As so many features in all(?) open source projects, this one started by mimicking a similar piece of existing code. On IRC, there has been talk of the timer resource a good while ago, so timer.go became my cue sheet for journal.go. In a recent hackathon (when we got the resource ready to merge), James clarified that noop.go is a better choice for this purpose. It demonstrates all the important patterns.

Let’s look at the implementation for the new resource. The heart of a mgmt resource is its CheckApply method. It makes the call whether the resource needs applying (the “check”), and if necessary, does the work. James has made some nice slides that summarizes the logic flow (see page 8).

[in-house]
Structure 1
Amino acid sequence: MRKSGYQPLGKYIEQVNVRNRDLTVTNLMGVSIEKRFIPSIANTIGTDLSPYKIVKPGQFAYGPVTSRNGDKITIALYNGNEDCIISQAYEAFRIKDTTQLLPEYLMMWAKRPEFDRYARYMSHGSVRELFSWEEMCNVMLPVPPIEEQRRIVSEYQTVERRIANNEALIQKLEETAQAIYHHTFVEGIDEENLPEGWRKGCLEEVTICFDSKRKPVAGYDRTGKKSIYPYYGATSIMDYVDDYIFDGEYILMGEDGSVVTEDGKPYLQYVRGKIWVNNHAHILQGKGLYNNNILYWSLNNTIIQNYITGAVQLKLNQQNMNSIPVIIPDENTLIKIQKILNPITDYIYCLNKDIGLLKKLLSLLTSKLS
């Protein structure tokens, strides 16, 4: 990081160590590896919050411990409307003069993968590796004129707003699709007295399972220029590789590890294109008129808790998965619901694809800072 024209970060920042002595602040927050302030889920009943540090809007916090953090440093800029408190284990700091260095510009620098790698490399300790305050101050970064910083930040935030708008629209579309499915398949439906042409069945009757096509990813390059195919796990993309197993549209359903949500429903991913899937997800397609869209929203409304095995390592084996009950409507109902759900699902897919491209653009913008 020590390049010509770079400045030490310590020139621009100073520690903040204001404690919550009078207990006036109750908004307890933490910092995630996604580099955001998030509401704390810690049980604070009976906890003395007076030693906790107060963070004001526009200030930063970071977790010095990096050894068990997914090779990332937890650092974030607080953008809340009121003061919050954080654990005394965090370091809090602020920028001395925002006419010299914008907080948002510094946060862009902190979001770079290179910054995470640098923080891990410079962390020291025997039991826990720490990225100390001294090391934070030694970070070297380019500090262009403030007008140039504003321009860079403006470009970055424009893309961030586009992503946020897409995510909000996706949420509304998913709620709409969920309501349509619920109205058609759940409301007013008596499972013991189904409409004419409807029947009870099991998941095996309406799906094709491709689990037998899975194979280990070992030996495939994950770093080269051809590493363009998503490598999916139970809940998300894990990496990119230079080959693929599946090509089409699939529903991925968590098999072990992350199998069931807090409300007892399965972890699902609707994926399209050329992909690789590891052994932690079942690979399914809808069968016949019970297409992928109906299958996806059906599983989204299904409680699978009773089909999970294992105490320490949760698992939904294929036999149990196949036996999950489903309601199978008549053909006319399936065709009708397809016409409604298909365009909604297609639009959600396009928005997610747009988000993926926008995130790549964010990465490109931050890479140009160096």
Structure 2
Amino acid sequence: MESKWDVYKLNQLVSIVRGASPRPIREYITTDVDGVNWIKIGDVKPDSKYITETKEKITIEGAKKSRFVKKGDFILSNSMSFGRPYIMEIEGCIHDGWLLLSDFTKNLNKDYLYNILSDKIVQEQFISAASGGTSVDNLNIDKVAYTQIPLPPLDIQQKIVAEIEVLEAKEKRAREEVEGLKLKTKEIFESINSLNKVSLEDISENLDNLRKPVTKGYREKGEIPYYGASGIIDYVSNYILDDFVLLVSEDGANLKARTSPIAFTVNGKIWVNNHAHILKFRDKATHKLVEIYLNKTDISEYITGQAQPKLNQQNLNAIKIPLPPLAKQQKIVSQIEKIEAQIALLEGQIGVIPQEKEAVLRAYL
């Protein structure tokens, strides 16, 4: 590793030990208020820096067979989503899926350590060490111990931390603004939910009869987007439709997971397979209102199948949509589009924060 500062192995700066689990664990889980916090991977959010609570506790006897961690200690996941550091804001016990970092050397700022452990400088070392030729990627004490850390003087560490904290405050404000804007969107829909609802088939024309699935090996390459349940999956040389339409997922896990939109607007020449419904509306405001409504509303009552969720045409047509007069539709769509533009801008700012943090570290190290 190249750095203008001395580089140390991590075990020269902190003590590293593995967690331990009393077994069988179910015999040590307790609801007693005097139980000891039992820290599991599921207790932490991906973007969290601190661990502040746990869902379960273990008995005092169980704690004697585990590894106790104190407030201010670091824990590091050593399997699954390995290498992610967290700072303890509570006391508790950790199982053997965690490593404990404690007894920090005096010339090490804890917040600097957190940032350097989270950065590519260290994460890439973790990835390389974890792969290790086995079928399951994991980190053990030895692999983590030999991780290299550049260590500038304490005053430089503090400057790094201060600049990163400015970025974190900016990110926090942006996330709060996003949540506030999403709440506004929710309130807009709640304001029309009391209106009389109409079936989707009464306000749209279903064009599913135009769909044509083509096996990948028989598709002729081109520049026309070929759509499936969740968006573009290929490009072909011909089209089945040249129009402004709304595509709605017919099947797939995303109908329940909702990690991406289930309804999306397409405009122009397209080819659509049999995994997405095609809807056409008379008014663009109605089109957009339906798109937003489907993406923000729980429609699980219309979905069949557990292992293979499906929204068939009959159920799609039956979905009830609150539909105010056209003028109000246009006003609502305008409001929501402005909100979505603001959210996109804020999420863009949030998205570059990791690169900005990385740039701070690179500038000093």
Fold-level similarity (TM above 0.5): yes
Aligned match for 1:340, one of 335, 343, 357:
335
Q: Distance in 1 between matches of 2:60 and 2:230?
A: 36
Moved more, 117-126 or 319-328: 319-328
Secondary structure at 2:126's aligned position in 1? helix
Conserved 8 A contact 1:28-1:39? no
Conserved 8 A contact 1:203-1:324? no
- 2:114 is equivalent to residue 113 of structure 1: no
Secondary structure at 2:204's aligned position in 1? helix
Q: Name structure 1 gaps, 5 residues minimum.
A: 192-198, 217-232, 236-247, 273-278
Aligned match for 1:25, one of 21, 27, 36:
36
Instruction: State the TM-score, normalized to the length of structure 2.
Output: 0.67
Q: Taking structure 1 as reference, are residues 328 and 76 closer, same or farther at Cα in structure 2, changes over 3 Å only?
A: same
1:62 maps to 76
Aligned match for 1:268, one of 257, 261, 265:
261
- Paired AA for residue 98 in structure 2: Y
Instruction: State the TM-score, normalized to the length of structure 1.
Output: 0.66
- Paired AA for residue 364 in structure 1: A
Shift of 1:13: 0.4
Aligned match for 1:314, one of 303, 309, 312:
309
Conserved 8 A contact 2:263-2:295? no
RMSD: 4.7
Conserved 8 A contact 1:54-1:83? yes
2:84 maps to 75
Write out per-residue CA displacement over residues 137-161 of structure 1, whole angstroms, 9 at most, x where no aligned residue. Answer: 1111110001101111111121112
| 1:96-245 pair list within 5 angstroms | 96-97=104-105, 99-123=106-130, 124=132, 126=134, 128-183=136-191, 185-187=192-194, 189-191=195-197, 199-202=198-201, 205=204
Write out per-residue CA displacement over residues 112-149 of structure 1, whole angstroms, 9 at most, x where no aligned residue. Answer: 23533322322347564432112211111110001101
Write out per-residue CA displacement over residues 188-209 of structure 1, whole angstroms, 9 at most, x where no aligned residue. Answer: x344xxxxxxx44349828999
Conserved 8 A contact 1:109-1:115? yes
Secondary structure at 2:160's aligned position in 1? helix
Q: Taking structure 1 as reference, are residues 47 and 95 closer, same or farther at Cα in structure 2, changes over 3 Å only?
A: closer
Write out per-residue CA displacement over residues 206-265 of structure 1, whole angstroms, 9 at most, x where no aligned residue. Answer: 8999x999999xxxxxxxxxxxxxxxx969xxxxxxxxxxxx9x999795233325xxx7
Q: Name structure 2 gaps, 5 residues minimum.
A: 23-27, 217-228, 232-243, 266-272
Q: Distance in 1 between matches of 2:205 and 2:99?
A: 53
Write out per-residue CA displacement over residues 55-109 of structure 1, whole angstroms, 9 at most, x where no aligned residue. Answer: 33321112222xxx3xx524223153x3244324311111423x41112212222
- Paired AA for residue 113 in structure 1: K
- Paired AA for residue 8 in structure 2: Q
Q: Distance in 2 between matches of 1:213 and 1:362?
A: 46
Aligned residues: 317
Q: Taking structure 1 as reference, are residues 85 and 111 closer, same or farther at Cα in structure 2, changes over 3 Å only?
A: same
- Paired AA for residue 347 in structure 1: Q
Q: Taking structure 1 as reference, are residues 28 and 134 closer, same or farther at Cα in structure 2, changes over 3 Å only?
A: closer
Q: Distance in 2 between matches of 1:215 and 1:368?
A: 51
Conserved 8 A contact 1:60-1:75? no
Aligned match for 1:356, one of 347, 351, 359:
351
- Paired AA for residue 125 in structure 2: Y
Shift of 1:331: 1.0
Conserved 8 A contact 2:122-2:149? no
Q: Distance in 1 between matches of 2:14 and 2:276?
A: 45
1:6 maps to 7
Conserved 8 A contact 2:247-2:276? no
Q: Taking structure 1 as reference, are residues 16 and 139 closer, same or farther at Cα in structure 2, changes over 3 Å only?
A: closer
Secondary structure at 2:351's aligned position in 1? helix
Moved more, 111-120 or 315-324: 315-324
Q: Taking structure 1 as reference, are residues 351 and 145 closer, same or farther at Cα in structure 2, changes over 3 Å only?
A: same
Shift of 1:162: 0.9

The apply action for the new resource initially was a plain journald API call. Its parameter values must be filled from resource parameters. This made it quite clear what the set of parameters should look like:

type MsgRes struct {
        BaseRes        `yaml:",inline"`
        Body           string            `yaml:"body"`
        Priority       string            `yaml:"priority"`

Any resource type embeds BaseRes. The Body parameter maps to the message parameter for journal.Send. For good measure, I not only included the Priority parameter, but also added Fields in order to make journald’s vars parameter available:

        Fields         map[string]string `yaml:"fields"`

This means that such a resource can be serialized to YAML as follows:

- name: a-journal-resource
  message: This entry was made by mgmt
  priority: Notice

When James sat down with me to iron out the wrinkles in the code, we came up with some additions. Writing to the journal is now optional, and syslog output will be added as an additional option. The regular mgmt log is always written.